Treasure

June 18, 2021

Each day, I reflect upon a word or a phrase from the readings of the day. I encourage you to do the same and perhaps incorporate that word or phrase into your daily prayer.

For where your treasure is, there also will your heart be. (Matthew 6:19-23)

TREASURE: As is the case with all scripture, there are multiple ways of interpreting this passage from the Gospel of Matthew. I will look at it from two perspectives.

First, from a “put your money where your mouth is” perspective. You can learn so much about people by looking at how they spend their money, their monetary treasure.

For instance, if you examined how Carol and I spend our money, you’d likely make certain assumptions about us: They must have grandchildren – there is a good amount of cash going toward toys and kid clothes. Someone must be a football fan – they are willing to pay (too much) for DirectTV NFL Sunday Ticket. These people like movies – based on monthly date nights to the movie theatre.

You would also be able to assume, based on the financial support we offer, that we value Catholic education, our parish, and the dignity of all human life.

Second, the gospel passage speaks to us from a “how do you spend your time?” perspective. I think this type of expenditure paints an even clearer picture of what we value. Writing a check is often the easy part; spending time shows a greater commitment. Time is our real treasure.

So the gospel asks, “How do you spend your time?” How much of our time is spent on satisfying our own needs? How much is spent on the needs of God? Of others?

We might declare, “We go to Mass every week!”

However, there are 168 hours in a week. What are we doing the other 167 hours?

Why Pray?

June 17, 2021

Each day, I reflect upon a word or phrase from the readings of the day. I encourage you to do the same and perhaps incorporate that word or phrase into your daily prayer.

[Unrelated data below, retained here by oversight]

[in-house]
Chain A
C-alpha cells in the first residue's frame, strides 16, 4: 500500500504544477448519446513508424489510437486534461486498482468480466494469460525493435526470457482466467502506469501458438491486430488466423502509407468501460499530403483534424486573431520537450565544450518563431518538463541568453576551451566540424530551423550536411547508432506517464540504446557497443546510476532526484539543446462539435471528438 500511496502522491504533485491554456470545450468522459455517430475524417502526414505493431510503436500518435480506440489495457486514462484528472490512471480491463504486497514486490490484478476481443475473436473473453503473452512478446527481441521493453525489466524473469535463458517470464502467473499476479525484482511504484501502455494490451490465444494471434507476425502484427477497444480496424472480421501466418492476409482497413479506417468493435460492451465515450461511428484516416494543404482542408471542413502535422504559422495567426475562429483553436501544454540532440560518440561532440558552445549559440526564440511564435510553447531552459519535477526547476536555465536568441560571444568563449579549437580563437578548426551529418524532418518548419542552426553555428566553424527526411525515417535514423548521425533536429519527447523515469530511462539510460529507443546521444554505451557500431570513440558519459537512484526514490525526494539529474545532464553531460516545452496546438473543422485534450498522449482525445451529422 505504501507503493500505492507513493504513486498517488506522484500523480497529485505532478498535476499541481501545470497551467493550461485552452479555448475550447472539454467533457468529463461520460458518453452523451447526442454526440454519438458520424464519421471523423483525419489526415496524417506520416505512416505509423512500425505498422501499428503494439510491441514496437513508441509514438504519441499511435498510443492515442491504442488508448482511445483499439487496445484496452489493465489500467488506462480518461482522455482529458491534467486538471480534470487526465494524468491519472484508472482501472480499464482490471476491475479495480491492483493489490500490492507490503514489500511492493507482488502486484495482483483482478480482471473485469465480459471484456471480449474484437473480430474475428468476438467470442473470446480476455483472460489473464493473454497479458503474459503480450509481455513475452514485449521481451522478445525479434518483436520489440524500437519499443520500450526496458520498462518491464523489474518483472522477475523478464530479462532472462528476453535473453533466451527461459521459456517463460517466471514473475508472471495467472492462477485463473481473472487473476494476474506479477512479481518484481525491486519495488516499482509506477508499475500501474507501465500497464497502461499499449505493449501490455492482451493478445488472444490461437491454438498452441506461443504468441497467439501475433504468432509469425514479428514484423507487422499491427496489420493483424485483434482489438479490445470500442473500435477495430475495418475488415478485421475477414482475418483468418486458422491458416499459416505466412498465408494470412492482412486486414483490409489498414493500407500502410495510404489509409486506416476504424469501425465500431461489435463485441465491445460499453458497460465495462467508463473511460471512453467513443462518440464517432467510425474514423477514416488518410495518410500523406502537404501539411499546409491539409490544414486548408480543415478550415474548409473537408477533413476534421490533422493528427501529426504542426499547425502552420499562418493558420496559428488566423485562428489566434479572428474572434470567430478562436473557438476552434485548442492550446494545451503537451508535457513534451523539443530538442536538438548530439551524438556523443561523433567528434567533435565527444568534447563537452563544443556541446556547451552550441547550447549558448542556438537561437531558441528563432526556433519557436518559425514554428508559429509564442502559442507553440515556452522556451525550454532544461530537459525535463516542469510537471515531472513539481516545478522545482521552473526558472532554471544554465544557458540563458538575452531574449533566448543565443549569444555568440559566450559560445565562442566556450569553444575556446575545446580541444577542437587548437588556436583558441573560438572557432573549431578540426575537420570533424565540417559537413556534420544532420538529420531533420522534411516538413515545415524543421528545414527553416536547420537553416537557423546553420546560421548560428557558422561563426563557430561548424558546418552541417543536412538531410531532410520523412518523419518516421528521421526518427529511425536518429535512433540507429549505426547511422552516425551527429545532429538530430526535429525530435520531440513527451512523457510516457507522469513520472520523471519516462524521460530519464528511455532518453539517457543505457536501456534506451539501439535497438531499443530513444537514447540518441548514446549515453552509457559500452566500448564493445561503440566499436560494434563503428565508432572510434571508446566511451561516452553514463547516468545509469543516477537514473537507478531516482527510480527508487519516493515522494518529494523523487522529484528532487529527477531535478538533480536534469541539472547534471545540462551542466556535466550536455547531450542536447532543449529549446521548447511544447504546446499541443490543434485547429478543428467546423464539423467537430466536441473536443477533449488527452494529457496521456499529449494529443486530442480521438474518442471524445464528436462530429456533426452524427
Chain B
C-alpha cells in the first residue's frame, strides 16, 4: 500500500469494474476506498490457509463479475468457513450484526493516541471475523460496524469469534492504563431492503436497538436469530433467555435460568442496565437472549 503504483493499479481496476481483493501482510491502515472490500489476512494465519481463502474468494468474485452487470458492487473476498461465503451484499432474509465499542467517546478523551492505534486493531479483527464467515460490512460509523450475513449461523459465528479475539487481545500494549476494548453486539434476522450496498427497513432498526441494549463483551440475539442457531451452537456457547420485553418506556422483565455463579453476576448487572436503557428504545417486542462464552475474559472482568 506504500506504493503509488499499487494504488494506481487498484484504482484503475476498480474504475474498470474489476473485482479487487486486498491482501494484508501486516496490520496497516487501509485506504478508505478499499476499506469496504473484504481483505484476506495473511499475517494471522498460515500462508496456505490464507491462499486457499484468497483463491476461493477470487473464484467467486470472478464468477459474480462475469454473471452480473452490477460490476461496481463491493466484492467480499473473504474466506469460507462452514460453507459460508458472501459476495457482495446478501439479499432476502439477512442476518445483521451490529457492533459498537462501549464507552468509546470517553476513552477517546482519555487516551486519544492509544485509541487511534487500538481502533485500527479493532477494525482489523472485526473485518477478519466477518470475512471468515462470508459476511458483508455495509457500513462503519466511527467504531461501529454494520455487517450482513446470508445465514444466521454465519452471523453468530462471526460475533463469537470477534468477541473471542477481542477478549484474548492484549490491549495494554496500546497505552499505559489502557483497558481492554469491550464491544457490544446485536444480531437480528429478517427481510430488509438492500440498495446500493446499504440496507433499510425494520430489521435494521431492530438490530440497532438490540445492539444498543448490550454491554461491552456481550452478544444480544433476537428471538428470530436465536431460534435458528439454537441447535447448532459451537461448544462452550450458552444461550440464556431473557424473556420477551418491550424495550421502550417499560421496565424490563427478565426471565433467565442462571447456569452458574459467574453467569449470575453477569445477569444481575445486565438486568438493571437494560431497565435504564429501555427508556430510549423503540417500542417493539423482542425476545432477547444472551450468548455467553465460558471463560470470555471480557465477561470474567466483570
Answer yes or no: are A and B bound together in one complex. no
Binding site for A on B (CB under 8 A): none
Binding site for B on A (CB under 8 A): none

Your Father knows what you need before you ask him. “This is how you are to pray… (Matthew 6:8)

WHY PRAY?: In today’s Gospel, Jesus is responding to the disciples, who have requested that He teach them to pray. Before teaching them to pray the Our Father, He tells them, “Your Father knows what you need before you ask him.” If I were a disciple, I might be thinking to myself, “Well, if He already knows what I need, why do I even need to pray?”

So…why do we need to pray? We need to pray because…

…prayer helps us to establish and maintain a relationship with God. It is an ongoing dialogue with Him. We wouldn’t think of going several days without talking to our best friend, why would we not talk to God every day?

…prayer allows us to feel the presence of God in our lives.

…prayer is communal. As we pray, we know that people all over the world are praying as well.

…regular prayer builds good habits. Prayer and our connection to God become a real part of who we are.

…prayer offers us a safe place to turn for help or support. We know when we are down, depressed, stressed, worried, or sad we will always have a loving ear to listen to us. When we are happy, excited, or just want to share some good news, we know we will always have someone who will be excited with us. When we have a tough decision to make, we know God will help us sort it out. We know we have someone who will listen to whatever it is we have to say and still love us unconditionally.

…prayer calms us and energizes us at the same time. It gives us inner strength and resolve.

How many times did Jesus go off by Himself to pray? There must be something to it.

Whatever is holding you back from regular prayer, get over it. The pay-off is worth it. Not sure how to start? Maybe you should pray about it…

Hypocrites

June 16, 2021

Each day, I reflect upon a word or phrase from the readings of the day. I encourage you to do the same and perhaps incorporate that word or phrase into your daily prayer.

“Take care not to perform righteous deeds in order that people may see them; otherwise, you will have no recompense from your heavenly Father. When you give alms, do not blow a trumpet before you, as the hypocrites do in the synagogues and in the streets to win the praise of others…when you pray, do not be like the hypocrites, who love to stand and pray in the synagogues and on street corners, so that others may see them.” (Matthew 6:1-6)

HYPOCRITES: Today’s Gospel addresses “half-hearted” believers. There were many who liked the idea of being members of the Jewish faith, and the privileges that came along with it, but so much of what they did was for show. Pope Francis once referred to this as “having one foot out the door.”